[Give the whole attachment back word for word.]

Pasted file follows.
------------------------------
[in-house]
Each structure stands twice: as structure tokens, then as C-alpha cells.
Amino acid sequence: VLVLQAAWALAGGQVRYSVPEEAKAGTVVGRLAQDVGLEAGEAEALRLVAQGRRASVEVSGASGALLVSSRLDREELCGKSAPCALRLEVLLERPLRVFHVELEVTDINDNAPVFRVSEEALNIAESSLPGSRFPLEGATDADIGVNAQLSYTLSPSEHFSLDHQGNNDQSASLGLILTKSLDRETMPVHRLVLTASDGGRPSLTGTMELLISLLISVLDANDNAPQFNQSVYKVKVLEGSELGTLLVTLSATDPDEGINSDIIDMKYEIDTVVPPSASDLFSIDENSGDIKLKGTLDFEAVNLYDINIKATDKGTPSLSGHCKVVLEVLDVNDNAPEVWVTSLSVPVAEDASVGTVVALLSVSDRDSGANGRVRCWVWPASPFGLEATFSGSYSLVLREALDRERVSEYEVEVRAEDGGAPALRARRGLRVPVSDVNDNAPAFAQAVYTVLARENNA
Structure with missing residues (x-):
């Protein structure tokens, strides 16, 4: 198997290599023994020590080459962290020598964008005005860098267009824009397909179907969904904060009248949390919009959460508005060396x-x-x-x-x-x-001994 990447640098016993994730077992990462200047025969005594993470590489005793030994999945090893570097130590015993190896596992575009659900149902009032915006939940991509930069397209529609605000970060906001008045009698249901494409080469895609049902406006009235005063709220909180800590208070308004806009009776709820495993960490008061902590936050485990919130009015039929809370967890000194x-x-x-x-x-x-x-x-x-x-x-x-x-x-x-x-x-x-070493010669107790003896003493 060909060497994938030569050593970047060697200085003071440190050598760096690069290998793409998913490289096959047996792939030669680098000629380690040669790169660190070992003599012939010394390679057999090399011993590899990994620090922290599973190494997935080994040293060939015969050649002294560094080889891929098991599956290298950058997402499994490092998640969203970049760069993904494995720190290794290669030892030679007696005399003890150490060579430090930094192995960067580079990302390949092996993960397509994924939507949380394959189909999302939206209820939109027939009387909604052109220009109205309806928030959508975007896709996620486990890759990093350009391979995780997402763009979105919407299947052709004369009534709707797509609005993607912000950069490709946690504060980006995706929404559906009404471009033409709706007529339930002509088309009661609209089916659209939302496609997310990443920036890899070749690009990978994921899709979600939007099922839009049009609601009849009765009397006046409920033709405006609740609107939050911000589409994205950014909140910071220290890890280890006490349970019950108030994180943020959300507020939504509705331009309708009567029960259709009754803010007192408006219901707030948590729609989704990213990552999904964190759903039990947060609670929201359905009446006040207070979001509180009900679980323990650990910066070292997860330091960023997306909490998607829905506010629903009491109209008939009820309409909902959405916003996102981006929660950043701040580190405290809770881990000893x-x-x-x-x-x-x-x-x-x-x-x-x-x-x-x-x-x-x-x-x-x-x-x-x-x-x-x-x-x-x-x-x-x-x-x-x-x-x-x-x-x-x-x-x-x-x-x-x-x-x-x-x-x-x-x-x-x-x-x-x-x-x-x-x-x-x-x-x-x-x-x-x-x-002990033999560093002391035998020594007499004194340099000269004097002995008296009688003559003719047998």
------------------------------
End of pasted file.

[in-house]
Each structure stands twice: as structure tokens, then as C-alpha cells.
Amino acid sequence: VLVLQAAWALAGGQVRYSVPEEAKAGTVVGRLAQDVGLEAGEAEALRLVAQGRRASVEVSGASGALLVSSRLDREELCGKSAPCALRLEVLLERPLRVFHVELEVTDINDNAPVFRVSEEALNIAESSLPGSRFPLEGATDADIGVNAQLSYTLSPSEHFSLDHQGNNDQSASLGLILTKSLDRETMPVHRLVLTASDGGRPSLTGTMELLISLLISVLDANDNAPQFNQSVYKVKVLEGSELGTLLVTLSATDPDEGINSDIIDMKYEIDTVVPPSASDLFSIDENSGDIKLKGTLDFEAVNLYDINIKATDKGTPSLSGHCKVVLEVLDVNDNAPEVWVTSLSVPVAEDASVGTVVALLSVSDRDSGANGRVRCWVWPASPFGLEATFSGSYSLVLREALDRERVSEYEVEVRAEDGGAPALRARRGLRVPVSDVNDNAPAFAQAVYTVLARENNA
Structure with missing residues (x-):
């Protein structure tokens, strides 16, 4: 198997290599023994020590080459962290020598964008005005860098267009824009397909179907969904904060009248949390919009959460508005060396x-x-x-x-x-x-001994 990447640098016993994730077992990462200047025969005594993470590489005793030994999945090893570097130590015993190896596992575009659900149902009032915006939940991509930069397209529609605000970060906001008045009698249901494409080469895609049902406006009235005063709220909180800590208070308004806009009776709820495993960490008061902590936050485990919130009015039929809370967890000194x-x-x-x-x-x-x-x-x-x-x-x-x-x-x-x-x-x-070493010669107790003896003493 060909060497994938030569050593970047060697200085003071440190050598760096690069290998793409998913490289096959047996792939030669680098000629380690040669790169660190070992003599012939010394390679057999090399011993590899990994620090922290599973190494997935080994040293060939015969050649002294560094080889891929098991599956290298950058997402499994490092998640969203970049760069993904494995720190290794290669030892030679007696005399003890150490060579430090930094192995960067580079990302390949092996993960397509994924939507949380394959189909999302939206209820939109027939009387909604052109220009109205309806928030959508975007896709996620486990890759990093350009391979995780997402763009979105919407299947052709004369009534709707797509609005993607912000950069490709946690504060980006995706929404559906009404471009033409709706007529339930002509088309009661609209089916659209939302496609997310990443920036890899070749690009990978994921899709979600939007099922839009049009609601009849009765009397006046409920033709405006609740609107939050911000589409994205950014909140910071220290890890280890006490349970019950108030994180943020959300507020939504509705331009309708009567029960259709009754803010007192408006219901707030948590729609989704990213990552999904964190759903039990947060609670929201359905009446006040207070979001509180009900679980323990650990910066070292997860330091960023997306909490998607829905506010629903009491109209008939009820309409909902959405916003996102981006929660950043701040580190405290809770881990000893x-x-x-x-x-x-x-x-x-x-x-x-x-x-x-x-x-x-x-x-x-x-x-x-x-x-x-x-x-x-x-x-x-x-x-x-x-x-x-x-x-x-x-x-x-x-x-x-x-x-x-x-x-x-x-x-x-x-x-x-x-x-x-x-x-x-x-x-x-x-x-x-x-x-002990033999560093002391035998020594007499004194340099000269004097002995008296009688003559003719047998």